• Now we need to figure out a context. It can either be a path on disk or a shotgun object. We can now create a Toolkit API instance using a factory method: tk = sgtk.sgtk_from_path("/mnt/projects/hero/assets/chair01/lighting"). Alternatively, we can use a Shotgun Entity: tk = sgtk.sgtk_from_entity("Shot", 123). When using an entity, the above code will connect to Shotgun, resolve the pipeline configuration for that shot, locate the pipeline configuration on disk and load up basic settings for Sgtk such as the file system templates. No apps or engines are loaded at this point. In the case of a path lookup, it will use the file system to locate the pipeline configuration.

  • Now we create a context object to represent the current work area. This can also be done either from an entity or a path: ctx = tk.context_from_entity("Shot", 123) or ctx = tk.context_from_path("/mnt/projects/hero/assets/chair01/lighting")

  • Finally we start the engine. Assuming we are inside of Maya, running these commands in Maya's python interpreter, we would do this: sgtk.platform.start_engine('tk-maya', tk, ctx). This would do the following:

    • Run the pick environment hook for the context. The pick environment hook will return the environment to use. The environment contains a list of all apps to load and their configrations.

    • Once the environment file has been determined, the engine is loaded into memory. This will dynamically load the engine base object and execute its init method. Once the engine is loaded, all apps are loaded the same way. Typically, as part of this, the engine will register a "Shotgun" menu somewhere in the application and each app will register a series of commands with the engine. These commands become the entry points for execution later on: a user clicks something on the Shotgun menu and that triggers the app execution.

A complete example would look something along these lines:

# starting up sgtk when your context is based on a path
import sgtk
path = "/mnt/projects/hero/assets/chair01/lighting"
# create a sgtk api handle
tk = sgtk.sgtk_from_path(path)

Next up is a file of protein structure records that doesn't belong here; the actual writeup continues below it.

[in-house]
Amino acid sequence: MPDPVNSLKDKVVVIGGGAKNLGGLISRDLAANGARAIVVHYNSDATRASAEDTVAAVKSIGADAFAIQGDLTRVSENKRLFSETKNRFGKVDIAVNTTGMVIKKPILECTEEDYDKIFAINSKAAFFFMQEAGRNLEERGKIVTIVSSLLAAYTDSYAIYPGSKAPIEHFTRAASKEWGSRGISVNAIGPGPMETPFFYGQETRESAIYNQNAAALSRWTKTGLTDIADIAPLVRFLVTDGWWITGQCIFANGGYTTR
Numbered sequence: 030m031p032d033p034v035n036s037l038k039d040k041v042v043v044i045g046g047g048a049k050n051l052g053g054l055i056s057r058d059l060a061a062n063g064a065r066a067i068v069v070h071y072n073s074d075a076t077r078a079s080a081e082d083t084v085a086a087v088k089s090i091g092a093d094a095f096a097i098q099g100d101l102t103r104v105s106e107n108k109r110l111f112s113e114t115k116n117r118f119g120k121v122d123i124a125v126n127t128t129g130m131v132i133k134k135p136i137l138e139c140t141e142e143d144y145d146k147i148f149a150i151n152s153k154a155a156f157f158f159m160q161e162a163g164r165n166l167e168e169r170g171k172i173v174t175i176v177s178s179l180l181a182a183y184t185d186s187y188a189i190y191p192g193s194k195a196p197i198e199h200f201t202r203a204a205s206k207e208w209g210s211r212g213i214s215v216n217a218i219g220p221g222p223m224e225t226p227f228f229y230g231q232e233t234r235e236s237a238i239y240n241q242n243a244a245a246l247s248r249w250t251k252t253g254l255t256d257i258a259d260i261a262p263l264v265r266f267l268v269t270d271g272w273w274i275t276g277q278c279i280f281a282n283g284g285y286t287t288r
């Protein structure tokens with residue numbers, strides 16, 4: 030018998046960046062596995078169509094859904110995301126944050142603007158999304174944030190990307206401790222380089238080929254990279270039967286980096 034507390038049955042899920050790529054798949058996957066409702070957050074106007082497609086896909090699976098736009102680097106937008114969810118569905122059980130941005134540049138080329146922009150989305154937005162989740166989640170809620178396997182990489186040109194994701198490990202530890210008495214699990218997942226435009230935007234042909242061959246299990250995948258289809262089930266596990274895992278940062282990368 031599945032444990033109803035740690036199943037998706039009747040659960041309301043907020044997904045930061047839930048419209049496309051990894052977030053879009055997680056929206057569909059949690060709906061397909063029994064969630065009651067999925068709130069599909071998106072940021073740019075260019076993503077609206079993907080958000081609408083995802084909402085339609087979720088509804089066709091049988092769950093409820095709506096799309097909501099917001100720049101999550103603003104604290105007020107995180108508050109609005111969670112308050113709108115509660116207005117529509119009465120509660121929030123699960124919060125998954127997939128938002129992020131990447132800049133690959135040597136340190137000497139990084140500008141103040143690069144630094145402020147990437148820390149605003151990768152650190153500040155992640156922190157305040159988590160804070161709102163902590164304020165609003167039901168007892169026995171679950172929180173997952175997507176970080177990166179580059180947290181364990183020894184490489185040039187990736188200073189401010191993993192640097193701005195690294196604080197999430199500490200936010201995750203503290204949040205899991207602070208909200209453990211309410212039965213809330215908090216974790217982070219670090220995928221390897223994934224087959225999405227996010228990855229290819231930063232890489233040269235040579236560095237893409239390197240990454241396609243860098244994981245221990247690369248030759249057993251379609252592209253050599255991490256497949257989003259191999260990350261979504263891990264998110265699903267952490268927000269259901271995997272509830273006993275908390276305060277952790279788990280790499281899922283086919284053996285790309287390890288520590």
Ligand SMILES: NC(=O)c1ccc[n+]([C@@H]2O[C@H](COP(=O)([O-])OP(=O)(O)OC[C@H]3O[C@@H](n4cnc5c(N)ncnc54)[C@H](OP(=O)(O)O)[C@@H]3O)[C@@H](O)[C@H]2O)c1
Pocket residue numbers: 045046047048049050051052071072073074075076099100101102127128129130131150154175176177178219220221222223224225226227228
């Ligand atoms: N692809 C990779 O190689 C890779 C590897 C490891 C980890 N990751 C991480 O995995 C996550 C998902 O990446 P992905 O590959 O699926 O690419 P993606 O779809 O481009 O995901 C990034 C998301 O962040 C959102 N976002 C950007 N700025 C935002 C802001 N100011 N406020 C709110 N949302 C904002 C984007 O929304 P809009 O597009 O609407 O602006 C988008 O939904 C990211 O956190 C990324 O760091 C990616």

# create a context object
ctx = tk.context_from_path(path)
# start the tank engine
sgtk.platform.start_engine('tk-maya', tk, ctx)

# starting up sgtk when your context is based on a shotgun object
import sgtk
entity_type = "Shot"
entity_id = 123
# create a sgtk api handle
tk = sgtk.sgtk_from_entity(entity_type, entity_id)
# create a context object
ctx = tk.context_from_entity(entity_type, entity_id)
# start the sgtk engine
sgtk.platform.start_engine('tk-maya', tk, ctx)

Creating folders on disk

One key part of the Toolkit Configuration is the file system configuration. The Shotgun Toolkit can help create folders on disk in a consistent fashion and the creation process is driven from shotgun. Below is an overview of the core folder inside a configuration:

Setting up a folder configuration is relatively easy. The configuration is basically a template folder structure that you create, with some configuration files to indicate that a folder should be representing for example an asset or a shot. When you configure you file system structure, you can always use the folder preview functionality to get a listing of what will be created. This command is available both in shotgun and in the tank command.

Start by outlining your scaffold using normal folders. If you have a level of dynamic folders in your scaffold, for example representing assets, shots or pipeline steps, just ignore that for the moment. Once you are happy with the result, add dynamic functionality step by step to each dynamic folder. This is done by adding a yml file that has the same name as the folder.

Inside the yaml file, use a special syntax to define how a folder is created. The Shotgun Toolkit supports a number of different dynamic behaviours, but the normal one is a dynamic node that represents a shotgun entity. In this case, the configuration file could look something like this:

# the type of dynamic content
type: "shotgun_entity"

# the shotgun field to use for the folder name
name: "{code}_{sg_prefix}"

# the shotgun entity type to connect to
entity_type: "Asset"

# shotgun filters to apply when getting the list of items
# this should be a list of dicts, each dict containing
# three fields: path, relation and values
# (this is std shotgun API syntax)
# any values starting with $ are resolved into path objects
filters:
    - { "path": "project", "relation": "is", "values": [ "$project" ] }
    - { "path": "sg_asset_type", "relation": "is", "values": [ "$asset_type"] }